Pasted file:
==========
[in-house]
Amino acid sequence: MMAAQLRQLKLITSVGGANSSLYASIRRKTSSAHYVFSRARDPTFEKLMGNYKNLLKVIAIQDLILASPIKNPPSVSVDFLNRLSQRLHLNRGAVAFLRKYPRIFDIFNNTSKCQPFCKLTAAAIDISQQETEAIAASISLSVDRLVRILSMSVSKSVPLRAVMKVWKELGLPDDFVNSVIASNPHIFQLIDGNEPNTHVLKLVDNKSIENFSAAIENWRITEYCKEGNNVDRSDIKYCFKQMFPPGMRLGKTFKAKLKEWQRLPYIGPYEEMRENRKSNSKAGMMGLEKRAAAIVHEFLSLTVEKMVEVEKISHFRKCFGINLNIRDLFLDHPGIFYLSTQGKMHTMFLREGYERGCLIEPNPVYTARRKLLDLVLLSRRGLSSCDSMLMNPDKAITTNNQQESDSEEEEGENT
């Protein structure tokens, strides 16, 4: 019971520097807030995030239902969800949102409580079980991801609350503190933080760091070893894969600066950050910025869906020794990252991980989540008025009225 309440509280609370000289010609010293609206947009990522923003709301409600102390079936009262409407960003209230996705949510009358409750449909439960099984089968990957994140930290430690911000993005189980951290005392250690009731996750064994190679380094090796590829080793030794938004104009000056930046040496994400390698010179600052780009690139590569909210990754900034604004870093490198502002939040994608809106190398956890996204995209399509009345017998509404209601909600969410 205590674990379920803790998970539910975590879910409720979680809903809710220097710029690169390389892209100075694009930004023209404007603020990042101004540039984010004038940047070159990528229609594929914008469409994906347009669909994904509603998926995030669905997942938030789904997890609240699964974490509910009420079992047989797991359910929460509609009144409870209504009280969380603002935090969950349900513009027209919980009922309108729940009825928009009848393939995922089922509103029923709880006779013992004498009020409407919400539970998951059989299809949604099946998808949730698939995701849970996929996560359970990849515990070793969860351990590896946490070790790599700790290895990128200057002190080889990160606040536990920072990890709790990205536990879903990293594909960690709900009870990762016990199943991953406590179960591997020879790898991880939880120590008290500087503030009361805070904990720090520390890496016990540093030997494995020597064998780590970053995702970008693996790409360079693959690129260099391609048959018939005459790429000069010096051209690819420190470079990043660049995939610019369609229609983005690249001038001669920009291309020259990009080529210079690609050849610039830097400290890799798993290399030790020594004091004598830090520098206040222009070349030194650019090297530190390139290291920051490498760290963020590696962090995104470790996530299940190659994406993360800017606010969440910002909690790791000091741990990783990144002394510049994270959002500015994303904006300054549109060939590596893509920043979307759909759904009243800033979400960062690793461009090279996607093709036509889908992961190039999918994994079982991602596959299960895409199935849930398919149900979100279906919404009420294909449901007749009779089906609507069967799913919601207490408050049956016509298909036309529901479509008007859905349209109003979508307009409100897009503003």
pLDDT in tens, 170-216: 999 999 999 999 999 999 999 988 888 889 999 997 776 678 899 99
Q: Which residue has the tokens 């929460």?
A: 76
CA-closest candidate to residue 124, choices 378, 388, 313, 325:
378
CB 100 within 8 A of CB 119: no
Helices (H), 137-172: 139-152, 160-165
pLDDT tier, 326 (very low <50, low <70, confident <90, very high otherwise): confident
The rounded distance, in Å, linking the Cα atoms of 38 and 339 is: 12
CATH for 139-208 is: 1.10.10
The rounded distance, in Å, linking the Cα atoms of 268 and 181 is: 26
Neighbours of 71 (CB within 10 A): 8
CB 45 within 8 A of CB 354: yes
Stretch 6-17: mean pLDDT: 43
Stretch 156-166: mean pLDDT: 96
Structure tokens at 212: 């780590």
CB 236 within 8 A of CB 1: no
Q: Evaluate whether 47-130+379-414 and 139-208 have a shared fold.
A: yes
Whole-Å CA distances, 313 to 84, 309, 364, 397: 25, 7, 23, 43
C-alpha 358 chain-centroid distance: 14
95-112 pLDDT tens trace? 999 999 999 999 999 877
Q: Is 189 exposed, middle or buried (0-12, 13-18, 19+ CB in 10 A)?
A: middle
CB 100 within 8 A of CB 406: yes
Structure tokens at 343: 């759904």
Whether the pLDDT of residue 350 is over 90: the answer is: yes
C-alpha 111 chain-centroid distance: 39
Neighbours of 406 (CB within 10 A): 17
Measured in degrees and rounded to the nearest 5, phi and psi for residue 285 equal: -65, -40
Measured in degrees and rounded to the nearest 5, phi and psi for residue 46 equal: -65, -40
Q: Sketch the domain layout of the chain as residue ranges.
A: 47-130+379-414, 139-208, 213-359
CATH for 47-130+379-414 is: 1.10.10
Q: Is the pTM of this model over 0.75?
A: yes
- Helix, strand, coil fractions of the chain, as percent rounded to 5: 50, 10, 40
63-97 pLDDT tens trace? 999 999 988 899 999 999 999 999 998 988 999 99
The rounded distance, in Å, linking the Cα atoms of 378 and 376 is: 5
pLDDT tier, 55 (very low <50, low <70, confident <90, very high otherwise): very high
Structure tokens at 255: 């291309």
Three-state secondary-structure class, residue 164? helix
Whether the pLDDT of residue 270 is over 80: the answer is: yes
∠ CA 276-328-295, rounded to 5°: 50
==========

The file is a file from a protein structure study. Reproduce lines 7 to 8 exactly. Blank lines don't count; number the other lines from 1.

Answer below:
CA-closest candidate to residue 124, choices 378, 388, 313, 325:
378